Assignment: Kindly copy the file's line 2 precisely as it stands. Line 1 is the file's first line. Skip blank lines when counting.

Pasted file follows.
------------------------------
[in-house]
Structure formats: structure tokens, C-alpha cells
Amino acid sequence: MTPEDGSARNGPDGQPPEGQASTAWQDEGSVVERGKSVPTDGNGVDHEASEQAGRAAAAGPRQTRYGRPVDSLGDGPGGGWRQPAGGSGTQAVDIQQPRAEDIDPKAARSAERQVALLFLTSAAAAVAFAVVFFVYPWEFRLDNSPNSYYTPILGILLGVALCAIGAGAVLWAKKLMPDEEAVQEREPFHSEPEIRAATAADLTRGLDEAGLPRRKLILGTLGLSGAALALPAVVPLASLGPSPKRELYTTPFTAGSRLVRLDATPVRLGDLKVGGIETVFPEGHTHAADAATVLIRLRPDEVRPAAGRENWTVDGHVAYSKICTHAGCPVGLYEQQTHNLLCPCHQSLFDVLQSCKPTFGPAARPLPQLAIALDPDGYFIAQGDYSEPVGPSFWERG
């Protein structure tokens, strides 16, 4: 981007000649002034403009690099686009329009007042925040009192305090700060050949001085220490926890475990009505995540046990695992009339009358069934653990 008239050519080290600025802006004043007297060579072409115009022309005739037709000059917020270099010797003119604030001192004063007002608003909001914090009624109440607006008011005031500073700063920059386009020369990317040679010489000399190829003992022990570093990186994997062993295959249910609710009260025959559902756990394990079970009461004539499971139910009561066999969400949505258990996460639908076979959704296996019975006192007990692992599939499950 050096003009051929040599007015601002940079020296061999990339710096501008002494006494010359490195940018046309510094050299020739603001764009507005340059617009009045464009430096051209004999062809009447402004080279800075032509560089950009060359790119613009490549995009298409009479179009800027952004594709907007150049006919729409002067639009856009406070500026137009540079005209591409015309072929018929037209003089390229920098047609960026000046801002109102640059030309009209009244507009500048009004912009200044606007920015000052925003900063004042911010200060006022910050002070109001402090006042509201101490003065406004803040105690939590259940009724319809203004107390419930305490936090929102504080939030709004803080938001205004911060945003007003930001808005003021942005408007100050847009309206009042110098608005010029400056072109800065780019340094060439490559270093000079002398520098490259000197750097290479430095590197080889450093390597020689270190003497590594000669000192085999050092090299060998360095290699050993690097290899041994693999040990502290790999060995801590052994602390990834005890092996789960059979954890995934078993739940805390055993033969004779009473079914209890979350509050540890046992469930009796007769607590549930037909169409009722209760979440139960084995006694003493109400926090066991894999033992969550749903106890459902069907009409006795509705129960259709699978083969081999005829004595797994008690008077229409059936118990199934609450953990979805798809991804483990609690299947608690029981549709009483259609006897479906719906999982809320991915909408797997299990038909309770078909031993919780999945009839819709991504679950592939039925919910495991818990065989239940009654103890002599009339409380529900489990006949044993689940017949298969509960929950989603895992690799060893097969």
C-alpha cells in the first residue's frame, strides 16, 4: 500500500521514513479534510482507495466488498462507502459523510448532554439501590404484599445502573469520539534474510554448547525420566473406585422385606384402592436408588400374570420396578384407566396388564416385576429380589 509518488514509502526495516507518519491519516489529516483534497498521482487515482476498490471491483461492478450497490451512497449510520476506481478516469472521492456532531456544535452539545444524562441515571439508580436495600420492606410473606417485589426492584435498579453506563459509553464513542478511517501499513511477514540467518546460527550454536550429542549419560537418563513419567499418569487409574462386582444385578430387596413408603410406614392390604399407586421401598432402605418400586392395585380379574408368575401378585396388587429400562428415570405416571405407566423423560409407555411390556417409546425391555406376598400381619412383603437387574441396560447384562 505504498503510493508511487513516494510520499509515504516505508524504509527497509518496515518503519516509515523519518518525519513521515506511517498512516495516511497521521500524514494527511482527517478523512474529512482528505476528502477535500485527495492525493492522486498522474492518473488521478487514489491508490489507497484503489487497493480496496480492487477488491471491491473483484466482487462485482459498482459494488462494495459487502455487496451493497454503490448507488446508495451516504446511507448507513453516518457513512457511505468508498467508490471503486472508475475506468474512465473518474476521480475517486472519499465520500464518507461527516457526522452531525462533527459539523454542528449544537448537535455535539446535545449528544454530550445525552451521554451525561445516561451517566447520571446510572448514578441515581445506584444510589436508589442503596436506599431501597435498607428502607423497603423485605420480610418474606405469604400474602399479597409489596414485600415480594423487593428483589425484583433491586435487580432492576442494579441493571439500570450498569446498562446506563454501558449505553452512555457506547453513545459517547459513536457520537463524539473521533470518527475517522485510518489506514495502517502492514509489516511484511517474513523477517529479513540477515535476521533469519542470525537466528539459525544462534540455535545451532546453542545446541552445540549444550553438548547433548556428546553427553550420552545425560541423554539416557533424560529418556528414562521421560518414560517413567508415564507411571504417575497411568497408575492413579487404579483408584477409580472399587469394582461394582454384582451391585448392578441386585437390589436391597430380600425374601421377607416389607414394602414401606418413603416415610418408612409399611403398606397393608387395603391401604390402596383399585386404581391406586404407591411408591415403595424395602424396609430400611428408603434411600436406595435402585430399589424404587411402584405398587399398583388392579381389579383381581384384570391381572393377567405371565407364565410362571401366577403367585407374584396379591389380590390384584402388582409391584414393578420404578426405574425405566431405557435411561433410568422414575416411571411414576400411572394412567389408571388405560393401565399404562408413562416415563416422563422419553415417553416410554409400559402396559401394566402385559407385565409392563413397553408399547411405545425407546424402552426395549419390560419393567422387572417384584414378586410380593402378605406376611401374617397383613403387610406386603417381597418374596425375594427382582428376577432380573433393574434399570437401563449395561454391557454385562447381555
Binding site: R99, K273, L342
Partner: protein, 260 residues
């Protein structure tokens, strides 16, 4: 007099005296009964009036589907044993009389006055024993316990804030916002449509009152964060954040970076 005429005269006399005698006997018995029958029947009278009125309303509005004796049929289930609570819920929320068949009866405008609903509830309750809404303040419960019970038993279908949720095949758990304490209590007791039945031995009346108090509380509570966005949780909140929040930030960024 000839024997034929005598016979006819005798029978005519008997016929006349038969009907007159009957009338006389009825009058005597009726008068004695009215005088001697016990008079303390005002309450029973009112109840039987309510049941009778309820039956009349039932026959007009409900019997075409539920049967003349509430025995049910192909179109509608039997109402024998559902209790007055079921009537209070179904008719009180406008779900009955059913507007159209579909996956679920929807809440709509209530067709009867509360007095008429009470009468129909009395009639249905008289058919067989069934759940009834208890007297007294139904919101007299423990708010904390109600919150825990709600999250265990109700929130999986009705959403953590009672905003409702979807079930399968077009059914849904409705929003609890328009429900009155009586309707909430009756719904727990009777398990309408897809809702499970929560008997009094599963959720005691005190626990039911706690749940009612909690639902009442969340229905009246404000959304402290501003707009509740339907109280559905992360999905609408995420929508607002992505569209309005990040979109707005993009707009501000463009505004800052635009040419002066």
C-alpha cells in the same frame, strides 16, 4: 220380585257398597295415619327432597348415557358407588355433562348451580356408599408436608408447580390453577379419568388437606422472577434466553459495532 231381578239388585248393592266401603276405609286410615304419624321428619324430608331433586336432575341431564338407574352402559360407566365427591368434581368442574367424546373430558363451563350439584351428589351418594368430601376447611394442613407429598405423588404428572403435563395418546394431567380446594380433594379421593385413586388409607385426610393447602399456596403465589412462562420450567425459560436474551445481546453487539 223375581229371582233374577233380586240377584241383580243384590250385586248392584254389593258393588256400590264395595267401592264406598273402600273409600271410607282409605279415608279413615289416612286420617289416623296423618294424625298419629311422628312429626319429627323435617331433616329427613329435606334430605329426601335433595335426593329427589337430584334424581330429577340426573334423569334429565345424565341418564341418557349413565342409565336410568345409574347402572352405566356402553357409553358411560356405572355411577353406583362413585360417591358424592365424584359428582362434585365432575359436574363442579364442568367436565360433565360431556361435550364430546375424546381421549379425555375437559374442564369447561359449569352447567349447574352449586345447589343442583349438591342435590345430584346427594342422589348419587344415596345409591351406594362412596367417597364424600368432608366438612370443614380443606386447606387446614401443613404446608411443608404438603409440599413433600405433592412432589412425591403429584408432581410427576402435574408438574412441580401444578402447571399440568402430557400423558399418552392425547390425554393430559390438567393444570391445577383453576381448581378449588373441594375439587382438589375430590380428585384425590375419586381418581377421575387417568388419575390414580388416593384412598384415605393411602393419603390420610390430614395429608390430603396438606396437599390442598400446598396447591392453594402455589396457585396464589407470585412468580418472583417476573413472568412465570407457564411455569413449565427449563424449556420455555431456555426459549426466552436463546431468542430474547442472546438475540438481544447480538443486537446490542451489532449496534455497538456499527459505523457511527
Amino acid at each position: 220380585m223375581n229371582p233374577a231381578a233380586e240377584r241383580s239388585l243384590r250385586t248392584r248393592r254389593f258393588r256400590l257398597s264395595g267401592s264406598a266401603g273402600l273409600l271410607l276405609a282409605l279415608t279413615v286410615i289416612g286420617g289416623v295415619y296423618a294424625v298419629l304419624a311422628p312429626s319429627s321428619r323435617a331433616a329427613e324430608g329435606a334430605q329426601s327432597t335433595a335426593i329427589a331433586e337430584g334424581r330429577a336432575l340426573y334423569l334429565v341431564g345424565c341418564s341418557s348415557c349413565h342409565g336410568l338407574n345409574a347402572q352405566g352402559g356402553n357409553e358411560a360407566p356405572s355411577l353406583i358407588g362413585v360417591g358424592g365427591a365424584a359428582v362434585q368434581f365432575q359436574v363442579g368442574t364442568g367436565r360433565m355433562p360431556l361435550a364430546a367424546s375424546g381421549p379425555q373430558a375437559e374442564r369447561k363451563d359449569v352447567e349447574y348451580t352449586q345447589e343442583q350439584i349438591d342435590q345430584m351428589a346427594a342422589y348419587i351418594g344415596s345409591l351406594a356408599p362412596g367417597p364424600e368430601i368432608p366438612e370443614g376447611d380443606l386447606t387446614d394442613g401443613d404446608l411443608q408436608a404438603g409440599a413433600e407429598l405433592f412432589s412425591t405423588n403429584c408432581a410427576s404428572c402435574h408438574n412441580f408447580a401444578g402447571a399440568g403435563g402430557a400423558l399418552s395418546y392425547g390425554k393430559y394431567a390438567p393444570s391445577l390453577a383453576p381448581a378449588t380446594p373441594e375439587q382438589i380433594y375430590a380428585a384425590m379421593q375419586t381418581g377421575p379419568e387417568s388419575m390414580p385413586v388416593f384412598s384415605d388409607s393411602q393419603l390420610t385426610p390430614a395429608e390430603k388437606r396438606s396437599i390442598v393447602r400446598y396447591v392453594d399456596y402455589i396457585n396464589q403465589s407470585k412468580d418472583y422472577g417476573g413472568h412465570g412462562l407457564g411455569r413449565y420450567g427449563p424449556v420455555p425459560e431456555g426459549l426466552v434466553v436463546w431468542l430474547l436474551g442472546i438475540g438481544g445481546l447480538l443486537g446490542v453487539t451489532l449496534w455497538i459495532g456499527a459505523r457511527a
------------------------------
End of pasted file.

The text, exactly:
Structure formats: structure tokens, C-alpha cells